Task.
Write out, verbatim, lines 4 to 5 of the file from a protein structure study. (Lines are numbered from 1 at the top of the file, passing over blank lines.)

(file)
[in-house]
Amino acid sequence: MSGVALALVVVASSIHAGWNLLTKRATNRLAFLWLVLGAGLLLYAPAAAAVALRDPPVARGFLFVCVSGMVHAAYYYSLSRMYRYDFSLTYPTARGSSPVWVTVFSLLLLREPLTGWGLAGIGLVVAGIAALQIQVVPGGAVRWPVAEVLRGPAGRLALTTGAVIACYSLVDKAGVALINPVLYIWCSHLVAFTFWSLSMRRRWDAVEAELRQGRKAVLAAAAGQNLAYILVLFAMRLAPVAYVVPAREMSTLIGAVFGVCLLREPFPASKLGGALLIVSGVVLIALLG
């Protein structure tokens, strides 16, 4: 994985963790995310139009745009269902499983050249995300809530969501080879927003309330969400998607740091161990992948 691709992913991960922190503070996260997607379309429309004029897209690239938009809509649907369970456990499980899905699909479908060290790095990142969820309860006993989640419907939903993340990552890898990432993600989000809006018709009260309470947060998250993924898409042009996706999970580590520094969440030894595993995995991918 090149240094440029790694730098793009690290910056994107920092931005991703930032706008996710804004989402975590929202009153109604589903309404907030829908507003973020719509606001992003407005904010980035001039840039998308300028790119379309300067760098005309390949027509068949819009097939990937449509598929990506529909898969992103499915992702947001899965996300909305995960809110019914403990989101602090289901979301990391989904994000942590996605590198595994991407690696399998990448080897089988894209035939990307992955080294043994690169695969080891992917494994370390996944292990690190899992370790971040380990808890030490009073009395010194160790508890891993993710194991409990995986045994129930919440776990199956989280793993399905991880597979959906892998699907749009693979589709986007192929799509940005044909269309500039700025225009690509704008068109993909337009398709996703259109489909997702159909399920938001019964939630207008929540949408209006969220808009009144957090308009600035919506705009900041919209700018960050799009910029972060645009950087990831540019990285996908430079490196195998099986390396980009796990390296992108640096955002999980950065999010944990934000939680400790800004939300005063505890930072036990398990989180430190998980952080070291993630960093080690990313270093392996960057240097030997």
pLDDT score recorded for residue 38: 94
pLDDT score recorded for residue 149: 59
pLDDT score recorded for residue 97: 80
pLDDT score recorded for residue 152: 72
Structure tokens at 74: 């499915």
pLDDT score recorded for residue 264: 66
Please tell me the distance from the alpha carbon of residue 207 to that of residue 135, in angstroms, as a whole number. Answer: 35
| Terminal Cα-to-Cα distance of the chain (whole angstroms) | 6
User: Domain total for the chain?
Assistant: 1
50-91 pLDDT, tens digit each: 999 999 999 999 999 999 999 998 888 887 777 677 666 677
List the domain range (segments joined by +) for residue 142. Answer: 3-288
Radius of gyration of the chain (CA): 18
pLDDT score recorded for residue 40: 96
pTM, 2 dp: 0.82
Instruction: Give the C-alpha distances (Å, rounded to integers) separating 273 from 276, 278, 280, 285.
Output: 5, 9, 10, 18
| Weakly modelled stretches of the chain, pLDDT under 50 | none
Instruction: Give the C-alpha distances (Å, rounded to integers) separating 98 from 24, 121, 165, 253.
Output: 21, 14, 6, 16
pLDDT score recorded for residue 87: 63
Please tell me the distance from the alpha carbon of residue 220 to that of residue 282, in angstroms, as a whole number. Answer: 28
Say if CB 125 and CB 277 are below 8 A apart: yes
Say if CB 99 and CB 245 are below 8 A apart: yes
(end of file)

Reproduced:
pLDDT score recorded for residue 38: 94
pLDDT score recorded for residue 149: 59